The Title of Your Work or Group:
"Walls of Ash" the series is "Daughters of Rhineholt", a short story and a second novel are on the way this year!
Where are you from?
I've lived all over the place, but I'm a Southern girl. I moved to Salem, MA a few years ago because the dark history is so unique and interesting and it's wonderful for inspiration. Salem is a wonderful city with lots of character and lots of character(s).
In what genre do you write?
My main genre is Gothic Romance in the vein of Victoria Holt, but I also write some Young Adult fiction.
In your own words, what is your book about? If you were not the author and trying to explain this awesome book you just read to a friend, what would you say about it?
"Walls of Ash" is an historical mystery with paranormal elements. It is a twisting and turning plot with characters you are never really sure you can trust. The story follows Tamsin Rhineholt, a young lady coming of age in the 1800's. She is orphaned and left to be raised by her strict Aunt and quiet Uncle and is eventually pushed toward a marriage that she is not prepared to enter into. Strange things are happening and Tamsin begins to have intense nightmares that are a sort of warning from her mother that she is in grave danger. At the same time, she is trapped in a situation that may place her in a possible marriage to someone she battles with constantly. I'm very excited about the second novel in the series, "The Masque and the Mausoleum", because it follows Tamsin's daughter as she grows up and experiences her own gothic romance. Because it is her daughter's story, you get to see what happens to Tamsin after "Walls of Ash".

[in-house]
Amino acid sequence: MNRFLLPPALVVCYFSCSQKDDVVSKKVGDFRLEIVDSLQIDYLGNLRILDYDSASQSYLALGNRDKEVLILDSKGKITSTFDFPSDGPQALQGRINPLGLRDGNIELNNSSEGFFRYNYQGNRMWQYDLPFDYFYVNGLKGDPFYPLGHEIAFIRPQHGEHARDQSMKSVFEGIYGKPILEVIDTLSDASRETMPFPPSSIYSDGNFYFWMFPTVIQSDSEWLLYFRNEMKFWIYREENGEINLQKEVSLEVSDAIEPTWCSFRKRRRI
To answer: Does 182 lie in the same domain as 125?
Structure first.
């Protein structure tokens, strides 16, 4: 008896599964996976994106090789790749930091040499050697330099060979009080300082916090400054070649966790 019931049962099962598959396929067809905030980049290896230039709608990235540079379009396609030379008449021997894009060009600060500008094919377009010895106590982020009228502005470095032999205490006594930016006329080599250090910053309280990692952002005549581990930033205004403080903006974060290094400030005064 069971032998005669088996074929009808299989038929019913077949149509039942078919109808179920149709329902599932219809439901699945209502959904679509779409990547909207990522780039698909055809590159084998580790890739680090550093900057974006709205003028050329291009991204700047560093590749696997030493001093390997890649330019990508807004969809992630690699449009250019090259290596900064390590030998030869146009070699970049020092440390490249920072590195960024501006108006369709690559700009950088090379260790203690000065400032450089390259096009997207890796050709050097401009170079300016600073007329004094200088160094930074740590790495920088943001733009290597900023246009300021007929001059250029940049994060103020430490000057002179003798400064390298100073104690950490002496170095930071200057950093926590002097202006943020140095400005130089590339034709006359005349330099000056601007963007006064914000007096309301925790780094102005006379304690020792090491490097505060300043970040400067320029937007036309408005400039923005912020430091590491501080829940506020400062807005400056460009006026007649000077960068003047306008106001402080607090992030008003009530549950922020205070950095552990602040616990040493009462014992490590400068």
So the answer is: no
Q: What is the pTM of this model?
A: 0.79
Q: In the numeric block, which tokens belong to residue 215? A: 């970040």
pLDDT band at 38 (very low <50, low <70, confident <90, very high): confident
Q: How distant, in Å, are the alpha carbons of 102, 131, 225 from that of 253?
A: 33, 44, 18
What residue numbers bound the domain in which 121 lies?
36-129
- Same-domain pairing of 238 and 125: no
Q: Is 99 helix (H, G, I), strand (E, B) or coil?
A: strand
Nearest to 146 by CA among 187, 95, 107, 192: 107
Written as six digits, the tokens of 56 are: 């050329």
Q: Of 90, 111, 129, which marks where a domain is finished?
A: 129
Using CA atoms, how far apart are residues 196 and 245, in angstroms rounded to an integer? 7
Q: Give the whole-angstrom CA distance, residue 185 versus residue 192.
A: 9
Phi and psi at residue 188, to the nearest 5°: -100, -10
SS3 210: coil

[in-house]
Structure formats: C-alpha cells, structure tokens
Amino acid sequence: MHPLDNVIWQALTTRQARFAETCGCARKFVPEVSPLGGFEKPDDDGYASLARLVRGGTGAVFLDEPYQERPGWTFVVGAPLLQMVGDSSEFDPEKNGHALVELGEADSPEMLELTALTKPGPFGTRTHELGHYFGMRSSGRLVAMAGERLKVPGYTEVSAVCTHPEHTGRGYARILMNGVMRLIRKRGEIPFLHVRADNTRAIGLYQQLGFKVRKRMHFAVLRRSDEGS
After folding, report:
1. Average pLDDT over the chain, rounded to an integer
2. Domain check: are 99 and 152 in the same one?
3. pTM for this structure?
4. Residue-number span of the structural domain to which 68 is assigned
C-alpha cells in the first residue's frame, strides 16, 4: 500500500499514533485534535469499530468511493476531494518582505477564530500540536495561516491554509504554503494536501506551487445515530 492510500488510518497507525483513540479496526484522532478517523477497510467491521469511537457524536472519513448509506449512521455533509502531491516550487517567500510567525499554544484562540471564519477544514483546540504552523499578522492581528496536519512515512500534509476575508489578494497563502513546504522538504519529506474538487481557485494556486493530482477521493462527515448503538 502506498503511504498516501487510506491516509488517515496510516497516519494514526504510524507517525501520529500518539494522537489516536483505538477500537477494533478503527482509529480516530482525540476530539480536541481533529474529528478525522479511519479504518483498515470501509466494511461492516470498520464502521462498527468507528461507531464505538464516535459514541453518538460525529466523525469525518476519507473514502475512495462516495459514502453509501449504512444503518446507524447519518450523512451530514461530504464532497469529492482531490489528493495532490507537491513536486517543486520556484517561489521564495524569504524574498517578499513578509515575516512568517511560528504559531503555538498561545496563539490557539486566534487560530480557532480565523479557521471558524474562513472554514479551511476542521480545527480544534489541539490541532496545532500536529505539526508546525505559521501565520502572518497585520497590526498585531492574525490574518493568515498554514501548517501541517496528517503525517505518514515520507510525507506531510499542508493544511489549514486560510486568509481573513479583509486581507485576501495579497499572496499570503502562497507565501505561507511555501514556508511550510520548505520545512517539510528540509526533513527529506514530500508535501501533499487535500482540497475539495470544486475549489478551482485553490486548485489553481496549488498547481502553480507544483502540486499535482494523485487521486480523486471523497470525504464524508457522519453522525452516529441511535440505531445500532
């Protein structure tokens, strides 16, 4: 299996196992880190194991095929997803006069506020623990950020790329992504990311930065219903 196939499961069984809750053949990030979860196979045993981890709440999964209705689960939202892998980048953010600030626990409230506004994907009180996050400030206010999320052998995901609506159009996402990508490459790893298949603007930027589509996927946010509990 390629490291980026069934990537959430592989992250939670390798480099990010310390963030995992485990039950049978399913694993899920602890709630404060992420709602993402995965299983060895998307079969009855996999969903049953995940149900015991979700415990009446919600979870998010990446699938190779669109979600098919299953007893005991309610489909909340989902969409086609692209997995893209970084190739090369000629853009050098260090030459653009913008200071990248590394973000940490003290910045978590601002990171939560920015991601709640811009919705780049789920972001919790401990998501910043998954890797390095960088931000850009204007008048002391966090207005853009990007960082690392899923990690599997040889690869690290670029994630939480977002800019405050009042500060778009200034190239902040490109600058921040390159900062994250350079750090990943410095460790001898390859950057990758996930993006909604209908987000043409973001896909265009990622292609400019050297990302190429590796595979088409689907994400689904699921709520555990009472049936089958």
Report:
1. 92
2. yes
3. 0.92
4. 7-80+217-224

What is your writing style? Do you follow all guides and rules? Synopsis, outline etc. or do you just sit down at the computer and type to see what happens?